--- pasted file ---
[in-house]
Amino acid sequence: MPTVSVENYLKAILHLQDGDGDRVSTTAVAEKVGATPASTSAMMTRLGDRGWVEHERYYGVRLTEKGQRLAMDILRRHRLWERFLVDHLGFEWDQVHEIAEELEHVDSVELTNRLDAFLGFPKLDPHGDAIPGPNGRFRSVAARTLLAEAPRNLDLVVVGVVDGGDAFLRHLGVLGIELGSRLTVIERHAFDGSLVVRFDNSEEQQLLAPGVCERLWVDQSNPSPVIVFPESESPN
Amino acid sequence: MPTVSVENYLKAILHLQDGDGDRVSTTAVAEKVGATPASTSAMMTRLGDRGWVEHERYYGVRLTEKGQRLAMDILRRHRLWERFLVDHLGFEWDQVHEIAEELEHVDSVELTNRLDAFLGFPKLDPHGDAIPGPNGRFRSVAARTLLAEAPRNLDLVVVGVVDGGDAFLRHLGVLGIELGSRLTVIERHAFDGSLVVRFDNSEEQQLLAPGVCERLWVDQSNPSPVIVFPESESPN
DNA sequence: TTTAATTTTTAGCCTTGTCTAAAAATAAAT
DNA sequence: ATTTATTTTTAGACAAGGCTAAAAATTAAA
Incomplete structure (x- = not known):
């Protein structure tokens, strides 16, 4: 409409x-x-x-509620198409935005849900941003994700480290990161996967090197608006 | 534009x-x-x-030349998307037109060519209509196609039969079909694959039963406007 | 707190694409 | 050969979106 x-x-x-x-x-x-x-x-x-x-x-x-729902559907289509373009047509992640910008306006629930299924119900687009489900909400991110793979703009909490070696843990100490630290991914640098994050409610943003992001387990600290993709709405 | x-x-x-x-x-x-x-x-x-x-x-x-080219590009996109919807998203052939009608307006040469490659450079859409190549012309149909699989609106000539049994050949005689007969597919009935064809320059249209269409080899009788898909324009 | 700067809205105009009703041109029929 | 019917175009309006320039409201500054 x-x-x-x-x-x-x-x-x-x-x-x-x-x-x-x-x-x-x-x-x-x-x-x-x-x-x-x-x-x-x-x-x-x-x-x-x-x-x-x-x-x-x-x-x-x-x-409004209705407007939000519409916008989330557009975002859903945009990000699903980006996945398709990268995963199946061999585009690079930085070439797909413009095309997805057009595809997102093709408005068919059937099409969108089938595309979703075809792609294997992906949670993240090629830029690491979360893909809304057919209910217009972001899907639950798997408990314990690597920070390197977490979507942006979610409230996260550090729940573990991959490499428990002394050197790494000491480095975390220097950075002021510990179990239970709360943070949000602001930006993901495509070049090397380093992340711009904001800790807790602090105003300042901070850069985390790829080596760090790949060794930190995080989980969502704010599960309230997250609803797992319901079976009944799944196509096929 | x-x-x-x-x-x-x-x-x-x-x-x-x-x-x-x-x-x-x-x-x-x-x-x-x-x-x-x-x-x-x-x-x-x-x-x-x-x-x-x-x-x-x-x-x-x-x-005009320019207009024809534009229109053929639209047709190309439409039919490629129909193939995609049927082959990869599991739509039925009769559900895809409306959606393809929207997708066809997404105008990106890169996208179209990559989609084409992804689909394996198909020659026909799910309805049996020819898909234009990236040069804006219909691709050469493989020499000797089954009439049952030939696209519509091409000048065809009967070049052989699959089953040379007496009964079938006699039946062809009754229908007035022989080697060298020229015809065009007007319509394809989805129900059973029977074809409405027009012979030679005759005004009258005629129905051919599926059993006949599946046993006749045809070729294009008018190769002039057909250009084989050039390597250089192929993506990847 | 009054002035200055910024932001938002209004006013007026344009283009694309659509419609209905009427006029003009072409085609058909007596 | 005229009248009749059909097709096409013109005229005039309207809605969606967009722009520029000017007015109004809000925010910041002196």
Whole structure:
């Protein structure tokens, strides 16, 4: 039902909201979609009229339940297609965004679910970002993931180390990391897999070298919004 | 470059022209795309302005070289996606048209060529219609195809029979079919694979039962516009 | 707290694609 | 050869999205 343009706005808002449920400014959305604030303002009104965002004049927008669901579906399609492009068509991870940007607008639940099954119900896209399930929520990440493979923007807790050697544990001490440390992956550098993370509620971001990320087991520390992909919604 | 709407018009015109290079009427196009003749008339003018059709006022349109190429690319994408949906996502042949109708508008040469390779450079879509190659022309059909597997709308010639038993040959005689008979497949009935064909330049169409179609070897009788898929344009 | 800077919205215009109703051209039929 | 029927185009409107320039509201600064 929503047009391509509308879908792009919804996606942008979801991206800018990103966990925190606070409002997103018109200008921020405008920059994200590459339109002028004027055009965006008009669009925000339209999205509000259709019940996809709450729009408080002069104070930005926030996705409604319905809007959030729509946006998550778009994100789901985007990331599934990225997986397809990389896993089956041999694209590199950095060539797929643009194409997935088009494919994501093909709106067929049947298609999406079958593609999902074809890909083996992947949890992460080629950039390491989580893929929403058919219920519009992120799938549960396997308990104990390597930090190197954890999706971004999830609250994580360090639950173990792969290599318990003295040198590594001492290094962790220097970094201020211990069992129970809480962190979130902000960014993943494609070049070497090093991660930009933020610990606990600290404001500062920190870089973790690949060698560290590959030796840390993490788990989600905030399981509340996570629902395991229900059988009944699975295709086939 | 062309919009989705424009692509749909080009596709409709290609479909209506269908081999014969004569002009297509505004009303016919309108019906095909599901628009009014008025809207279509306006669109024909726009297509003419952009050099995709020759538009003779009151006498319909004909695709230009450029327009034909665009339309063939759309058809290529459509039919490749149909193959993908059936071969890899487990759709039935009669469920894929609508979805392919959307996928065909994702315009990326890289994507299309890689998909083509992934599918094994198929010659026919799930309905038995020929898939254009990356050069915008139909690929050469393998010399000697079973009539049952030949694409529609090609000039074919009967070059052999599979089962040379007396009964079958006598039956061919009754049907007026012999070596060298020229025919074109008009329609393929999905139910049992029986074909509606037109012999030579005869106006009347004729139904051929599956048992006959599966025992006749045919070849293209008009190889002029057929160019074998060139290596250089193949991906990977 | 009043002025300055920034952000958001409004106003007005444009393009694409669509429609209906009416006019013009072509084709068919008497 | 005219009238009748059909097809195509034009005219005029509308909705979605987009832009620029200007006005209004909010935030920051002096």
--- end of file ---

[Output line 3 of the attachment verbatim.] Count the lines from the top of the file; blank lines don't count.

Amino acid sequence: MPTVSVENYLKAILHLQDGDGDRVSTTAVAEKVGATPASTSAMMTRLGDRGWVEHERYYGVRLTEKGQRLAMDILRRHRLWERFLVDHLGFEWDQVHEIAEELEHVDSVELTNRLDAFLGFPKLDPHGDAIPGPNGRFRSVAARTLLAEAPRNLDLVVVGVVDGGDAFLRHLGVLGIELGSRLTVIERHAFDGSLVVRFDNSEEQQLLAPGVCERLWVDQSNPSPVIVFPESESPN